< Tiger Stripe Incoming >

< Tiger Stripe Incoming >

Characterised by its distinct pattern of narrow, brush-like stripes of green, brown and black, Tiger Stripe camouflage is commonly used worldwide. Now prowling its way to Arktis, expect to see the rest of the Tiger Stripe range dropping December 2024



Unlike its namesake, this tiger can change its stripes. 

With a current family of nearly two dozen variants, the Tiger Stripe camouflage has seen a rich history of change and evolution. Its origins are believed to have derived from the French tenue du leopard or Lizard camouflage (see below) that was adopted by the French Military after the Second World War.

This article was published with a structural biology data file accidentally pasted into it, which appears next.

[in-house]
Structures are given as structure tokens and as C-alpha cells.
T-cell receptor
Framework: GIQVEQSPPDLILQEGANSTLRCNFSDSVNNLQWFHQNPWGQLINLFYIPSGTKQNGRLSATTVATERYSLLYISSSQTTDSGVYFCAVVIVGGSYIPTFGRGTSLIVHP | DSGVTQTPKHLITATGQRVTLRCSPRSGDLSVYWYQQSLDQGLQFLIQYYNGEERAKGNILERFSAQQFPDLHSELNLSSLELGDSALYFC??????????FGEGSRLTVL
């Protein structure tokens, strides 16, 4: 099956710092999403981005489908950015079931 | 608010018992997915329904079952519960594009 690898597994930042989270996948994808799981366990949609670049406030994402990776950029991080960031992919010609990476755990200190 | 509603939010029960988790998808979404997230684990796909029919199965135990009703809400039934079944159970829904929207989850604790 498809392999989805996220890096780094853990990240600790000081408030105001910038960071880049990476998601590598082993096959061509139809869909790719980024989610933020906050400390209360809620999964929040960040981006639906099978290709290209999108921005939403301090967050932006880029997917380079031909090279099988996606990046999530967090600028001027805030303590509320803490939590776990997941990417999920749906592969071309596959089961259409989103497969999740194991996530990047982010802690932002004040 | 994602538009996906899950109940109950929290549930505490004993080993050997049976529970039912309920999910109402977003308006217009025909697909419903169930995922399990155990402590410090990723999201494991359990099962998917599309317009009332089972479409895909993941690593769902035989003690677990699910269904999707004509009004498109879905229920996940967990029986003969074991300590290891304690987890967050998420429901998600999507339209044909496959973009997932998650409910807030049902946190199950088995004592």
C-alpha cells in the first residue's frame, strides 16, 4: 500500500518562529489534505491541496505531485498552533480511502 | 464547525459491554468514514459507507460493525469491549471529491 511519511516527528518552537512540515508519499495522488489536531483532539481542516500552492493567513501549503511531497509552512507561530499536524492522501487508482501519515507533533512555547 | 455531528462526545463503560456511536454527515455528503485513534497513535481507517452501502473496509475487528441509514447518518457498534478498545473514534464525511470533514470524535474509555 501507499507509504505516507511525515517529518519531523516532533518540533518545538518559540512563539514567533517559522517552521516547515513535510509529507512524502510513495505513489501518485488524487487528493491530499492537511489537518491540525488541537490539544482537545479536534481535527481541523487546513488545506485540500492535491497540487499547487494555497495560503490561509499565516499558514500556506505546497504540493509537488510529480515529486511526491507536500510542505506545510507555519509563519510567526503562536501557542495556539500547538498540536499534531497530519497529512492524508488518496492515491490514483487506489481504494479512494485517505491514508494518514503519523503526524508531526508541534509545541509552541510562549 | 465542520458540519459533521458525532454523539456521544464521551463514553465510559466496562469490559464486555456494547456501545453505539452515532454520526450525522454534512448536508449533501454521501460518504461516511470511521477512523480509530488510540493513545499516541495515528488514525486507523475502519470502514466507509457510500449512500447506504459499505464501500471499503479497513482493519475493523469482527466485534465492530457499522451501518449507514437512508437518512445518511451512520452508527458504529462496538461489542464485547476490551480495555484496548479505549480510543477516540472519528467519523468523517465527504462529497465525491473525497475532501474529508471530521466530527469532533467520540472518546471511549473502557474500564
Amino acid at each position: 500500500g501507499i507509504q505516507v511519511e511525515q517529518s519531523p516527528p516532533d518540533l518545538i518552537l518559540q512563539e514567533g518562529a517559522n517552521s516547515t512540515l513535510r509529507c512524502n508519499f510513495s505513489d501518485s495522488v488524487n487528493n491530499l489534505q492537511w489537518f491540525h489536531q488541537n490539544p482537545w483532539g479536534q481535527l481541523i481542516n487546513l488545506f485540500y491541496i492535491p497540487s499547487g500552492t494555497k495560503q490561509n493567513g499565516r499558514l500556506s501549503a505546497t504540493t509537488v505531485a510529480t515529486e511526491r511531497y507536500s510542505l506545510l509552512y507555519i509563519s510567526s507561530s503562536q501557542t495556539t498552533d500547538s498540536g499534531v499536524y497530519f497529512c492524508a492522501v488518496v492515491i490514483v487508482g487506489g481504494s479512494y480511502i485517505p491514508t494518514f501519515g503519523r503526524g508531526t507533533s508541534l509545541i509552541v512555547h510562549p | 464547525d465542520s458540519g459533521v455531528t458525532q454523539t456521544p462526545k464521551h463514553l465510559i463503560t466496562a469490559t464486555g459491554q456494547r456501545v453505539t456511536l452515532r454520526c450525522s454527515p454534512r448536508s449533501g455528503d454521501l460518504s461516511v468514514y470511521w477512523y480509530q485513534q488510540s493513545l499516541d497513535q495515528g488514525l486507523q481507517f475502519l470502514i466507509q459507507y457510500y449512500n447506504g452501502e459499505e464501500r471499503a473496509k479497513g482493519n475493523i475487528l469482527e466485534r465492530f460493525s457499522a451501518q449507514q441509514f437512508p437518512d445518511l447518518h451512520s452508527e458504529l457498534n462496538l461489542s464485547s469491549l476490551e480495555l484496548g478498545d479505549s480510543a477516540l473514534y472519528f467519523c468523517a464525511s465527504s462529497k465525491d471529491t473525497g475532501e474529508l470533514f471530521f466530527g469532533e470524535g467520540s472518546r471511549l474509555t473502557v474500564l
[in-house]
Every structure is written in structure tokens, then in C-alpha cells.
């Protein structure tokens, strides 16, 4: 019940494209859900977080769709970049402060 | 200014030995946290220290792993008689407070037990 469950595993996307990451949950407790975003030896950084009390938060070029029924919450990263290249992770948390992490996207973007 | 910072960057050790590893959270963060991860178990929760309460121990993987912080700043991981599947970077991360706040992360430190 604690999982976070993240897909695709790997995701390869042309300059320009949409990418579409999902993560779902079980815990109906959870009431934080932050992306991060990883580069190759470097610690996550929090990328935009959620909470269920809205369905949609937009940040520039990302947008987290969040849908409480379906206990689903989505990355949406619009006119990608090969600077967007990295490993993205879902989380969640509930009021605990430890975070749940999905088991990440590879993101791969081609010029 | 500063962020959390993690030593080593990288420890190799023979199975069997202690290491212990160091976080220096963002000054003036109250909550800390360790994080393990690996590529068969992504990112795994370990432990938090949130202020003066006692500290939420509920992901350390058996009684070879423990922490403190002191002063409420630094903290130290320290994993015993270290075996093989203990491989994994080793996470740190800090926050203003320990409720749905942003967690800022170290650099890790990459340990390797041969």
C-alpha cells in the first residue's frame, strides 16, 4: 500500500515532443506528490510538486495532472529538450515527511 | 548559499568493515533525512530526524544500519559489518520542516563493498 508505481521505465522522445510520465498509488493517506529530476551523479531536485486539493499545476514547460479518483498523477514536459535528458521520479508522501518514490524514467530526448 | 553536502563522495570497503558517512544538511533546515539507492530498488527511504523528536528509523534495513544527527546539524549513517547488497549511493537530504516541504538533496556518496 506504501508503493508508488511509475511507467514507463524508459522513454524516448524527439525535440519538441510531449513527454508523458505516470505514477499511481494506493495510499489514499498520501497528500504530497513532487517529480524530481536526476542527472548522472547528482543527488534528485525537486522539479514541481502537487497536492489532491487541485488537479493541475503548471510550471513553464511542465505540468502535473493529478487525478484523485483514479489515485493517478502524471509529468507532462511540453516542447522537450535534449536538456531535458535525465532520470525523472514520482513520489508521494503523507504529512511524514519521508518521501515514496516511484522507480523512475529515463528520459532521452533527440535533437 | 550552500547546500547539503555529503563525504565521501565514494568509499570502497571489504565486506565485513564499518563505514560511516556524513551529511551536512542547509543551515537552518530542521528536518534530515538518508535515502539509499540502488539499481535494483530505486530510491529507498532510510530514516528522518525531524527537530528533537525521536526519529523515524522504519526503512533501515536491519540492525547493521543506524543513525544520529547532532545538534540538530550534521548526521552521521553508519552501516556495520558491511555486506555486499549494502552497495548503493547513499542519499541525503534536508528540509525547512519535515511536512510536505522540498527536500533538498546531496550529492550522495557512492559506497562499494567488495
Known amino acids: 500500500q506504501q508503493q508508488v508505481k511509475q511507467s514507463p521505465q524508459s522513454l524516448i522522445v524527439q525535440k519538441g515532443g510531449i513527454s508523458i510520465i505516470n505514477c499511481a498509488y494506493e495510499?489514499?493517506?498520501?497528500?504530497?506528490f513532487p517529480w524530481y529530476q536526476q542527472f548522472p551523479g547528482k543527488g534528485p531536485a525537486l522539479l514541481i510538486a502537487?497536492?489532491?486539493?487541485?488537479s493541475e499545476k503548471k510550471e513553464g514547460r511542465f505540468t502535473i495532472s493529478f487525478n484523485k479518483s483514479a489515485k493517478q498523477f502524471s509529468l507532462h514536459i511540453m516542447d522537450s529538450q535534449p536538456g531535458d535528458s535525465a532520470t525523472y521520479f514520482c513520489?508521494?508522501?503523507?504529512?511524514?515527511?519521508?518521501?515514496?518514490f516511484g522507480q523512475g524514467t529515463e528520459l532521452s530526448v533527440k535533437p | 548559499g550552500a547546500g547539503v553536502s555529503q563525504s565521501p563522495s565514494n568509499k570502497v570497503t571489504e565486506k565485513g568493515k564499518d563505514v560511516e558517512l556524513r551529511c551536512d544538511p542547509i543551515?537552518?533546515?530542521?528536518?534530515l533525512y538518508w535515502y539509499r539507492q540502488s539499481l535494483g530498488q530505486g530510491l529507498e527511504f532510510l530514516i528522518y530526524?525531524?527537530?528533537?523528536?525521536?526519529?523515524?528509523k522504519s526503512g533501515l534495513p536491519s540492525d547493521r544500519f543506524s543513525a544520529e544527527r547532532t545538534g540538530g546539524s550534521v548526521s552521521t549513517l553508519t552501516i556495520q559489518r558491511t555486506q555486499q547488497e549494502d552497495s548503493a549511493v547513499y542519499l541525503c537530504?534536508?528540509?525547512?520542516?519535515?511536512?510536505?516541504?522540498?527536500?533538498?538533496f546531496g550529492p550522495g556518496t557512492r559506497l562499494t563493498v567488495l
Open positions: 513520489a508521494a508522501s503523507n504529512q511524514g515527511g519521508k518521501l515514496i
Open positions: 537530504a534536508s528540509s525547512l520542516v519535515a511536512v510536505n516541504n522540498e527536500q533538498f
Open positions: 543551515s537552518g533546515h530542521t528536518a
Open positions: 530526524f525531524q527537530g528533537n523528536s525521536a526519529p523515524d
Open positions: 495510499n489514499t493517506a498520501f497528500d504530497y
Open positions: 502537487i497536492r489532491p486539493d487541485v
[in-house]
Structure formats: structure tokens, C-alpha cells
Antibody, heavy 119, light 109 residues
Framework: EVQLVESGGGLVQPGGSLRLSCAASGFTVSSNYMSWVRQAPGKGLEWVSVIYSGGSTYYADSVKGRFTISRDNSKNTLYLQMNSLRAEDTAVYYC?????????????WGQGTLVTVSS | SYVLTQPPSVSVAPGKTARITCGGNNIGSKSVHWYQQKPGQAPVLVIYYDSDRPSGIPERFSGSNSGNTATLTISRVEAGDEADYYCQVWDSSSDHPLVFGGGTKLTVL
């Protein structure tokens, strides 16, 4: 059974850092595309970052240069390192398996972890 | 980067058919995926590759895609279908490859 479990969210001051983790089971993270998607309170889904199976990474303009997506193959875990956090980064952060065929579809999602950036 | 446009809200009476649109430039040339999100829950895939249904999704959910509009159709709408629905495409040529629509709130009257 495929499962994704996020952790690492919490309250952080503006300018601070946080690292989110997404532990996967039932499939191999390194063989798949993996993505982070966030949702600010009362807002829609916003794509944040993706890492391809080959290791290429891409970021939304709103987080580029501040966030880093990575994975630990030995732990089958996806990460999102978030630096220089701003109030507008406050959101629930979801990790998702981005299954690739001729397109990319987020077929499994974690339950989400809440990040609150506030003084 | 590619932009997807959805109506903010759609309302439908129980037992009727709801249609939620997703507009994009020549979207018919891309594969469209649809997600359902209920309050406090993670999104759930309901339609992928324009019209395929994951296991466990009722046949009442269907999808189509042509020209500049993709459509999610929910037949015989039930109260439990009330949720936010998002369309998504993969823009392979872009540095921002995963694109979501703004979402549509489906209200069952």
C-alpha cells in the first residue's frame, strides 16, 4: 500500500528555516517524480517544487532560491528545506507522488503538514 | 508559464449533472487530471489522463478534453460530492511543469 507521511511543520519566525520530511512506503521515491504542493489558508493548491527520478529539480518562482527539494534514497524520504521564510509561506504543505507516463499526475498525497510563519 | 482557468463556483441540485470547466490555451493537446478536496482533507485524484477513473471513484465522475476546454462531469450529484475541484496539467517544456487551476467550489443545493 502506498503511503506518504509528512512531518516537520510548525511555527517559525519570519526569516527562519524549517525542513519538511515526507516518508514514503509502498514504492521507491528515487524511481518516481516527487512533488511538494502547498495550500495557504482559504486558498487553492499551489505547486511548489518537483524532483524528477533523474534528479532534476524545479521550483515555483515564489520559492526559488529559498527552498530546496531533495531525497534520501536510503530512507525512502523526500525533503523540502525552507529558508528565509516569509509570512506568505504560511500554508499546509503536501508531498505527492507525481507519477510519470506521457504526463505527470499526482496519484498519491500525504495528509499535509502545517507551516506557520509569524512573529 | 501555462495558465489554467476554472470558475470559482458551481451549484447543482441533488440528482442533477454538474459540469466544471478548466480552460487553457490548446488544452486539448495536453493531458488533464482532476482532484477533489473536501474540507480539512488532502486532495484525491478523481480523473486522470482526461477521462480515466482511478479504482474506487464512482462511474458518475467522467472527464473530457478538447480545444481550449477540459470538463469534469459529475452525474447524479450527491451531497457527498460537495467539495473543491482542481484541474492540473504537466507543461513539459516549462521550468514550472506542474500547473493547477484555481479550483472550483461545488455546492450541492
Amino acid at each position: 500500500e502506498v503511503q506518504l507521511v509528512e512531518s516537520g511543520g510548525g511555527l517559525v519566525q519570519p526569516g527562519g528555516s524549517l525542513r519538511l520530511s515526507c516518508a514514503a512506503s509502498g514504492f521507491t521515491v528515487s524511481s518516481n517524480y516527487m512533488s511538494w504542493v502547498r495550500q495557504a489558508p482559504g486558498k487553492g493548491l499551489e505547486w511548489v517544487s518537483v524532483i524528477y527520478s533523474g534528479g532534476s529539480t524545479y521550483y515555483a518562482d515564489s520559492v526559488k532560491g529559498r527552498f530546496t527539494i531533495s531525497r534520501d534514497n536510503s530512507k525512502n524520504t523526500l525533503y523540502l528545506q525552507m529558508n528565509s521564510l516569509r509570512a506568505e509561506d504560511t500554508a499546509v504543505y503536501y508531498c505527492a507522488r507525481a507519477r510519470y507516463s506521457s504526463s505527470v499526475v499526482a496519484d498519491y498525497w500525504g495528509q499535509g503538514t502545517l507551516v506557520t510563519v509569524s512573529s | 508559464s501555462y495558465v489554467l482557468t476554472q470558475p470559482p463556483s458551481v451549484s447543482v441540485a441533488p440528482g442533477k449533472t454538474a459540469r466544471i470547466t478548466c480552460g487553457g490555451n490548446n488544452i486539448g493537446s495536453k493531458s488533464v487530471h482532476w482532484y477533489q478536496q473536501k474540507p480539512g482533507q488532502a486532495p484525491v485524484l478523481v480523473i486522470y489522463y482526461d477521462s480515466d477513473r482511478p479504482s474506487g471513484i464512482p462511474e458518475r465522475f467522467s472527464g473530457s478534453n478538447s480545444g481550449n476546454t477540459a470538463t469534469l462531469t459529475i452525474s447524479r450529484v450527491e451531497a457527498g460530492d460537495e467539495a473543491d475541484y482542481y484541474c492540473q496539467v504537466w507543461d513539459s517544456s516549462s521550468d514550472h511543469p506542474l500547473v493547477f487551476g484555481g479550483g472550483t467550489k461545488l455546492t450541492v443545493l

This camouflage was supplied to Colonial Vietnamese personnel during the First Indochina War. After the French left Vietnam, the French Lizard camouflage was combined with some British uniform components to produce a pattern for the Vietnamese Marine Corps. This was an early version of the Tiger Stripe pattern.

The pattern saw more development, and during the Vietnam War it was adopted by the U.S. Army, Navy, Air Force and Marines. Although never an official U.S. issue item, Tiger Stripe rose to popularity due to its success at blending into the jungle terrain and distorting a soldier's body shape better than the standard issue olive drab uniforms or its French Lizard predecessor. 

Although its usage has decreased over the years, other countries outside of Vietnam have been prolific producers of Tiger Stripe, such as Thailand, Ecuador, El Salvador and the Philippines. 

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